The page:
Fallacy Number Six:
"It is easier for me to avoid
rather than face certain life problems and
Problems are best coped with by going
through, rather than around them. Why? It is simply a matter
of psychic economy - our mental energy must be used wisely
and repressing or suppressing problems, ie. trying to ignore
them or push them out of conscious awareness, uses up more
psychic energy than facing them ever does.
The mind is a dangerous weapon, even to the possessor, if
he knows not discreetly how to use it. - Michel de Montaigne
If I submerge a ping-pong ball (a problem) underwater (out
of sight), the minute I release the ball it pops up to the
surface (conscious awareness).
The only way I can keep the ball deeply immersed is by
constantly holding it down with one hand. This means I have
crippled myself, losing the use of one arm, which is devoted
entirely to holding the ball under.
Do you cripple yourself emotionally trying to hold down
problems? Don't avoid problems - face them! If you need help
and encouragement, go to close friend and if necessary don't
hesitate to get professional support.
Fallacy Number Seven:
"My past history is a crushing determiner
of my present happiness and because something once strongly
affected me it must continue to similarly affect me."
When a past event influences your present behaviour your
mind is divided against itself. Brooding over the past
wastes energy as does day-dreaming of the future.
"Worry never robs tomorrow of its sorrows,
it only saps today of its strength"
- A. M. Cronin
Know that all human enterprise is often accompanied,
unfortunately, by an inordinate desire to succeed (living in
the future) and an inordinate fear of failure (based on past
experience of failure).
"Men suffer from thinking more than from anything else."
- Leo Tolstoy (1828-1910)
You can actually train yourself to focus
your attention upon the now thus helping to release the grip
of the past. Refusing to count chickens before they are
hatched is good mental hygiene and is the basis of Karma
Yoga. Now is the time.
Fallacy Number Eight:
"There is always a right, correct and
perfect solution to human problems and it is a major
catastrophe if this perfect solution is not worked out."
All problems may be faced but not all can be solved. Some
situations are so messy and intricate that they can only be
accepted or endured. Avoid flagellating yourself if you fail
to find the answer to your marital difficulties or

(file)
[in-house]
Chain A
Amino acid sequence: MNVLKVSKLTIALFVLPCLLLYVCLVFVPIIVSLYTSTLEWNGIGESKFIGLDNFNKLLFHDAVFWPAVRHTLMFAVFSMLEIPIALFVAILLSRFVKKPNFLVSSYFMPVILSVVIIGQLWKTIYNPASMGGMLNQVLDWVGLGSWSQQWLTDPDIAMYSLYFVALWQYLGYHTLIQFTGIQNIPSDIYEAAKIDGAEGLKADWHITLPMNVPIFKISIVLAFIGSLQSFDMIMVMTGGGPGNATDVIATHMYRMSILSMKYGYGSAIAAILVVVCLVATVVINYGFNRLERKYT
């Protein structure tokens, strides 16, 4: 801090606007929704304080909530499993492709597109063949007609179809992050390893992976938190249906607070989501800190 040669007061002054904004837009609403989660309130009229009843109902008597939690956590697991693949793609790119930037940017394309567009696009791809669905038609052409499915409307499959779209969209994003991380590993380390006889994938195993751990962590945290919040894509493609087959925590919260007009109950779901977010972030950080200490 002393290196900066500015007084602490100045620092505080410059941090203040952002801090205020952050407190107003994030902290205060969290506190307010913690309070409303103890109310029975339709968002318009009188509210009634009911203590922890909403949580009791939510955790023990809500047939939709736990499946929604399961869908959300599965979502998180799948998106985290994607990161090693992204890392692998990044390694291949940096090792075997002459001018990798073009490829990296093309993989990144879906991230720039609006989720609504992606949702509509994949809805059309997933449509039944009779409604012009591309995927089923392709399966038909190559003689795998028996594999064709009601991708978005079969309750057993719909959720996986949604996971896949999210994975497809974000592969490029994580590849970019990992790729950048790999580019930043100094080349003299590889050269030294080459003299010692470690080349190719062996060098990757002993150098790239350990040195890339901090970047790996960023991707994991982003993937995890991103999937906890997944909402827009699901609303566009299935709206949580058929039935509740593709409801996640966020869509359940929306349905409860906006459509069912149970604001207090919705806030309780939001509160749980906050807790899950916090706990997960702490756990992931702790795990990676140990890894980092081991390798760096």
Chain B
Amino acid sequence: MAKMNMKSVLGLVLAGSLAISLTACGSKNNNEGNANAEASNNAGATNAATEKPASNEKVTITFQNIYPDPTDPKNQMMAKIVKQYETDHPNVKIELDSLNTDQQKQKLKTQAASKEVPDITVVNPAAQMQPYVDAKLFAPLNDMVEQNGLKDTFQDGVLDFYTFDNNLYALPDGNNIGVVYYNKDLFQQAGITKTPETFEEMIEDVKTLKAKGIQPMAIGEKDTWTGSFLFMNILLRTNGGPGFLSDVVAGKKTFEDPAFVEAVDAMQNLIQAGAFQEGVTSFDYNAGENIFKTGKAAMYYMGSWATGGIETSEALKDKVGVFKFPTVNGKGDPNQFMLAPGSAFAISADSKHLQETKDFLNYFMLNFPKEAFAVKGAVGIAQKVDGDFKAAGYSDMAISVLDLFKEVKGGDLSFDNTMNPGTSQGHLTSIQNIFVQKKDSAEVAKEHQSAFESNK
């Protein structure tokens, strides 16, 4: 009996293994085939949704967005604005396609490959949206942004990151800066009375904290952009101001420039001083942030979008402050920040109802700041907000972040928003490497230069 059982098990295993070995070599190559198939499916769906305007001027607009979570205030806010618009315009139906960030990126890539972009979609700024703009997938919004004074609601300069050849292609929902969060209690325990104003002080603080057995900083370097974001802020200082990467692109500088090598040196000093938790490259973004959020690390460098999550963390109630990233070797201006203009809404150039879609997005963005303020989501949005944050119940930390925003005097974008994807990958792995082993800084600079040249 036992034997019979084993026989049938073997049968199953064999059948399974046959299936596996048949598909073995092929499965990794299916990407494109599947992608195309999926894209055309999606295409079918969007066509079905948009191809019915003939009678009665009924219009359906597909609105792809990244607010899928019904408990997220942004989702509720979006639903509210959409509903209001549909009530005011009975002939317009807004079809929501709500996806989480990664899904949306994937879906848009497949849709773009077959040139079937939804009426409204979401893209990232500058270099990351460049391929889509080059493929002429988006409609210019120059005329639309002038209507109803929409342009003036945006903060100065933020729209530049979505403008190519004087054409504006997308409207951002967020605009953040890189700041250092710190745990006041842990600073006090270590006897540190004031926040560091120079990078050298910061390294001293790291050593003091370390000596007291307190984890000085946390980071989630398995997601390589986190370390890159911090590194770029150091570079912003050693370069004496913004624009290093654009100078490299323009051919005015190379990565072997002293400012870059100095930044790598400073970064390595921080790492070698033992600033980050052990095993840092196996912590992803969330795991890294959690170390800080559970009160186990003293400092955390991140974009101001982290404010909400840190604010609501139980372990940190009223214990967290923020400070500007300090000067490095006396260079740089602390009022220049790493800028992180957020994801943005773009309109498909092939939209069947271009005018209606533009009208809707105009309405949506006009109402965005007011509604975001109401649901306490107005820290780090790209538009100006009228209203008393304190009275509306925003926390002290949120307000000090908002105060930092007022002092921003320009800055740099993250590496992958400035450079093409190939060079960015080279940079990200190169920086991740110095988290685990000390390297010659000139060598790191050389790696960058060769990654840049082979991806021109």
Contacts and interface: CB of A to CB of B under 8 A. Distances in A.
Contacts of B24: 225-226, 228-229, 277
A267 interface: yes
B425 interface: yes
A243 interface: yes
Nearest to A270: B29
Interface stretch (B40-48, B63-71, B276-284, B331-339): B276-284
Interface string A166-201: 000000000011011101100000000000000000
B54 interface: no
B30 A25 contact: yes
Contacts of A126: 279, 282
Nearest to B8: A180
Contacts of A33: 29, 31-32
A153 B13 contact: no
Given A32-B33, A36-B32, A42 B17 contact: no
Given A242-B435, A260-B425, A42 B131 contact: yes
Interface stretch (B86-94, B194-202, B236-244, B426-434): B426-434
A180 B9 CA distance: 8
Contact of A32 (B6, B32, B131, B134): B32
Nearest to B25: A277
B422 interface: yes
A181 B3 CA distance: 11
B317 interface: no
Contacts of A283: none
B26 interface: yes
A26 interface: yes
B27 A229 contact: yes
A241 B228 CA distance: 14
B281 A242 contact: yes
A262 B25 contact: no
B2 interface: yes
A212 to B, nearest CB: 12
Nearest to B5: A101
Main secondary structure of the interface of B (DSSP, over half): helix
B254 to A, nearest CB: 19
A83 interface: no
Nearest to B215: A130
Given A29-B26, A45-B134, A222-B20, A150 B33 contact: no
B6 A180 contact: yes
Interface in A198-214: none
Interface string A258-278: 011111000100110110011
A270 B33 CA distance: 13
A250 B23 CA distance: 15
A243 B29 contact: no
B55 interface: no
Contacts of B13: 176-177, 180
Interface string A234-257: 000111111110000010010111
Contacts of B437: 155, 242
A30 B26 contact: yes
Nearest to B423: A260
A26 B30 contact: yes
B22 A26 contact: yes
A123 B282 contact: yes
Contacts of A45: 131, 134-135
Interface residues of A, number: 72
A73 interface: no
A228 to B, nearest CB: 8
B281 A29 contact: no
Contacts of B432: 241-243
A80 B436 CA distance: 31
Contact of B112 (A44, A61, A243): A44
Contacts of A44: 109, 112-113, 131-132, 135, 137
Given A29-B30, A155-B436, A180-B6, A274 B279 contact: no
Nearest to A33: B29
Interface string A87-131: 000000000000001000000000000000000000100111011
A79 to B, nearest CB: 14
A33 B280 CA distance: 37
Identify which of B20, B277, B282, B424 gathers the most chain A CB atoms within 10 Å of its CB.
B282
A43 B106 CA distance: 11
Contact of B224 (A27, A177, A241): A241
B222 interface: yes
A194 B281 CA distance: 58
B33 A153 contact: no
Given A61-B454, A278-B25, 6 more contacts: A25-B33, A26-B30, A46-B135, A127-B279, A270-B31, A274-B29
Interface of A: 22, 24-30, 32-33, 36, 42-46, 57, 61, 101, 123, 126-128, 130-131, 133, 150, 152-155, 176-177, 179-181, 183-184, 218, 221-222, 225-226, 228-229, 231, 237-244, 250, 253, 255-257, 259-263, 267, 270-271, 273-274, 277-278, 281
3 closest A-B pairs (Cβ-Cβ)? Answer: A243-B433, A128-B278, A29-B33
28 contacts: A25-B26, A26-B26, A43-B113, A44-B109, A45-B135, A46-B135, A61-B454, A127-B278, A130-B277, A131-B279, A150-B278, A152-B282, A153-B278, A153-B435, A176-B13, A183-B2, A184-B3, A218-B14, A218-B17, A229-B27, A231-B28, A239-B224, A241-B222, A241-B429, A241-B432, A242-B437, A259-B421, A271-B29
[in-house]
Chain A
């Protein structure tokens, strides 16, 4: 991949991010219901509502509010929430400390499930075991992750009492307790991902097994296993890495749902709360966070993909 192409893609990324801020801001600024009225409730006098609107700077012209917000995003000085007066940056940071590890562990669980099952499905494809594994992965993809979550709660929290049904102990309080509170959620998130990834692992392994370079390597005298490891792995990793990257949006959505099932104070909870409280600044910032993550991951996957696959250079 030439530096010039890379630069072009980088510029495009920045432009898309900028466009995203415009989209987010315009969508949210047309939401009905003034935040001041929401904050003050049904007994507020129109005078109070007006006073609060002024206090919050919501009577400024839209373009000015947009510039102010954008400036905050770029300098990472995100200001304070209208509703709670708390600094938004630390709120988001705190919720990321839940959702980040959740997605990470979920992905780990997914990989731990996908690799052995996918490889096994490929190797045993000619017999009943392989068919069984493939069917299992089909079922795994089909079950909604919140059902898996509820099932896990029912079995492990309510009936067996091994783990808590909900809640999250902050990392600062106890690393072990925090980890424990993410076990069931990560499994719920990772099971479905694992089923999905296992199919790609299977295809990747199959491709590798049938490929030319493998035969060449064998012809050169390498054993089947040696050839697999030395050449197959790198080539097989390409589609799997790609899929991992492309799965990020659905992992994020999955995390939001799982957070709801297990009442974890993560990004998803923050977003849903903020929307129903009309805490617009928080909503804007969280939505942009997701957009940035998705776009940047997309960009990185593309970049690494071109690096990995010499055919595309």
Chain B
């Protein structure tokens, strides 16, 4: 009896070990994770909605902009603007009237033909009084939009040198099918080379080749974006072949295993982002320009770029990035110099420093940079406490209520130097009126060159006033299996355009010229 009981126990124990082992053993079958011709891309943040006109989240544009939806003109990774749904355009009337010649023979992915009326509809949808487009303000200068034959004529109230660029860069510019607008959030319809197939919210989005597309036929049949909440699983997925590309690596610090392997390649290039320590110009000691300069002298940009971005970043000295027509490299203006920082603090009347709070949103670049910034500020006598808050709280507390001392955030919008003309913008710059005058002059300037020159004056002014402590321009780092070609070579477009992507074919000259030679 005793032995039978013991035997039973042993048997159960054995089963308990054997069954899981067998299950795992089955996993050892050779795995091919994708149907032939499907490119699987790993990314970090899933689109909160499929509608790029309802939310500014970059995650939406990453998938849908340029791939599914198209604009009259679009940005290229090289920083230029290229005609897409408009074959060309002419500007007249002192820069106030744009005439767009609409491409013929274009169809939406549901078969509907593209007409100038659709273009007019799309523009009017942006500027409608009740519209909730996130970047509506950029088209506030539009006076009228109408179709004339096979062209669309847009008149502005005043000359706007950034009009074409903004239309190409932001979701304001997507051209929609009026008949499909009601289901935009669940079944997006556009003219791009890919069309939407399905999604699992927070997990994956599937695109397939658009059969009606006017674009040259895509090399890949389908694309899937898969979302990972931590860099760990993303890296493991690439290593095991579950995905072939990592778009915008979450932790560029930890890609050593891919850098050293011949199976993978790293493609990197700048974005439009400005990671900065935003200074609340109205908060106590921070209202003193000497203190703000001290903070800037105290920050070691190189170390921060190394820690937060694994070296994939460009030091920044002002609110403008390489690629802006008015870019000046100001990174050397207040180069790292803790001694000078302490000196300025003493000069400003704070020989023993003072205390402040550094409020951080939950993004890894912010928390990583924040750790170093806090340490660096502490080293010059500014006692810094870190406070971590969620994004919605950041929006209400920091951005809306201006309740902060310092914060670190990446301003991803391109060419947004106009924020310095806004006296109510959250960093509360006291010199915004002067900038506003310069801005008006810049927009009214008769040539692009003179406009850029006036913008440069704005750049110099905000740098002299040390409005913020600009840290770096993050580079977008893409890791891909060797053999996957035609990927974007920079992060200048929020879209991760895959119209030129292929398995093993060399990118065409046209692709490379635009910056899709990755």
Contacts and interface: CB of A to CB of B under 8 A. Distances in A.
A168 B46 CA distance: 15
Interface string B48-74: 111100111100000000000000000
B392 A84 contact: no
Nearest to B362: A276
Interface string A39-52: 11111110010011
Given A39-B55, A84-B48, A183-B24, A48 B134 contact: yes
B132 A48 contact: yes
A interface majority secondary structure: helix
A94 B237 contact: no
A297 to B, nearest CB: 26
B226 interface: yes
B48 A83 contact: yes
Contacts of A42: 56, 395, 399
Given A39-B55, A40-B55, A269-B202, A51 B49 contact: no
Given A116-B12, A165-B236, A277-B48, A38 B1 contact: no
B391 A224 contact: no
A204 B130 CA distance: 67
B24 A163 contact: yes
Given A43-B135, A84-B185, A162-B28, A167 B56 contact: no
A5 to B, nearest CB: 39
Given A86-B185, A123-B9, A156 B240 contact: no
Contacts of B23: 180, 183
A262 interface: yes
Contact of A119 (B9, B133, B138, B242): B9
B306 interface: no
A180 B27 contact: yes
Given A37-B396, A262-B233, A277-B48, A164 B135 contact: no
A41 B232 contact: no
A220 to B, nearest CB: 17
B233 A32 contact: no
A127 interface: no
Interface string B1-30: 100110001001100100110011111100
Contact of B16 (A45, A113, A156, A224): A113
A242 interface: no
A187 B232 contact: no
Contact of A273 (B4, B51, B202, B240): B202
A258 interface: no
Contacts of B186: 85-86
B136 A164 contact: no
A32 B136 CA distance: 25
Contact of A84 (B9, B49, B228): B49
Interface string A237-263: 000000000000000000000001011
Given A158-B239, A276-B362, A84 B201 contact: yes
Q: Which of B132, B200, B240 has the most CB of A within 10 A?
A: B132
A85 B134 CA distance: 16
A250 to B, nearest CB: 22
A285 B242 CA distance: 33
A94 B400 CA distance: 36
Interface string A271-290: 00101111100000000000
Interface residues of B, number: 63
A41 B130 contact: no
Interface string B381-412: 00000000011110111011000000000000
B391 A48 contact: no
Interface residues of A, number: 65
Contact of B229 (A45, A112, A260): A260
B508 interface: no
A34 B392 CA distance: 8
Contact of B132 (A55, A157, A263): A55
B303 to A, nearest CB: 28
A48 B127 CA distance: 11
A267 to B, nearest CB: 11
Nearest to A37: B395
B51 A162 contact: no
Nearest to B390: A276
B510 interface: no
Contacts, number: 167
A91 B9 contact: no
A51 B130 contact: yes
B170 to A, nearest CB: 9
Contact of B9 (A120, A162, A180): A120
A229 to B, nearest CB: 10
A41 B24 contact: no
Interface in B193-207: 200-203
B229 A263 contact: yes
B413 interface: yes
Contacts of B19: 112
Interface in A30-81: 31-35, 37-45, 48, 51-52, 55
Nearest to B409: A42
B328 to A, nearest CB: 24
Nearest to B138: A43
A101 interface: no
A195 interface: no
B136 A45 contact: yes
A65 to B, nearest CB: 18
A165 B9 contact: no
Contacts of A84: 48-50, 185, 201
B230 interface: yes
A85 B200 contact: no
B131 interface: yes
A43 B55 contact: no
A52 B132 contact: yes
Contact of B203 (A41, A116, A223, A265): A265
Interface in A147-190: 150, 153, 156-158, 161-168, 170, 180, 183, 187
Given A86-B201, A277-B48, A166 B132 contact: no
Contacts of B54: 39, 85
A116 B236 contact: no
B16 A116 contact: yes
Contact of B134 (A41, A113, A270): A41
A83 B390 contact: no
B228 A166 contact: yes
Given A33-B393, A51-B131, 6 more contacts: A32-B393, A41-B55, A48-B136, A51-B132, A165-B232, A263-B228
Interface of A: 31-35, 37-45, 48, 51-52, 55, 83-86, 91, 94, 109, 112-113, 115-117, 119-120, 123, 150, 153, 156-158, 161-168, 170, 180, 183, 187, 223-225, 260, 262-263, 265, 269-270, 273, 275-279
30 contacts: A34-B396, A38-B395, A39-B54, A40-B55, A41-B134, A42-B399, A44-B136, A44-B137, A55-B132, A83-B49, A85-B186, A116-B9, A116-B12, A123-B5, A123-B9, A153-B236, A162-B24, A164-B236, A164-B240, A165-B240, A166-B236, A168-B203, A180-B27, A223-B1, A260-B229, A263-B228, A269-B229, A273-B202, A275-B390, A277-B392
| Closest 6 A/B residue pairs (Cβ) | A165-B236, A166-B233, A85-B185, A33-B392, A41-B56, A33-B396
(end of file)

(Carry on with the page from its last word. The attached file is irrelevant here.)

misunderstandings in relationships and business.
Each person's feelings are in a constant state of flux and
what was once harmonious understanding may tomorrow become
unharmonious misunderstanding. Remember that there seldom is
a real right or wrong - there are just people with
Human relationships tend to be built upon a flimsy spider
web. Often we like people for no better reason than that
they appear to like us. When you fully understand how true
this is you will cease searching for "perfect" solutions.
It is an illusion that we like or dislike people - what we
like or dislike are the feelings that contact with them
induces in us.
Fallacy Number Nine:
"I should become extremely upset over
the problems and disturbances of other people."
Sympathy, contrary to popular belief, is not the most
efficient way to help others with their problems. Sympathy
involves identifying yourself with another's emotional state
and then two unhappy people exist instead of one.
Empathy, not sympathy, is what is required. Empathy is
understanding another person's feelings and above all
accepting them. Do not turn their problems into your
Any attempt to give advice or sympathy is based upon the
false notion that people cannot solve their own
difficulties. Each person contains the solution to
alleviating his own stress, given an accepting listener, as
surely as the egg contains a yolk. Because others are
disturbed do not fall into the trap of feeling you also must
In fact it would not hurt to quote the great Canadian
Physician, Sir William Osler, who nearly a hundred years ago
"Physicians should remember that
although they can rarely cure, they can usually relieve and
they can always comfort"
In India they would call 'comfort' an aspect of Bhakti Yoga.
An extension of this concept is becoming involved in the
problems of the world and community at large by reading
daily newspapers, watching the news on television every
night and listening to the news on radio throughout the day.
This may seem a little fanatical but I strongly suggest that
if you are constantly depressed and anxious about the state
of the world, try fasting yourself from the media - you may
be amazed at how your tension level drops!
Believe me - anything you really need to know someone will
always tell you! Psychologists are now becoming aware of how
we live in an age of "information overload" and generally
speaking absorbing the news daily is a form of mental
poisoning more potent than any ecological disasters
currently and the equivalent of taking a bath in sewerage.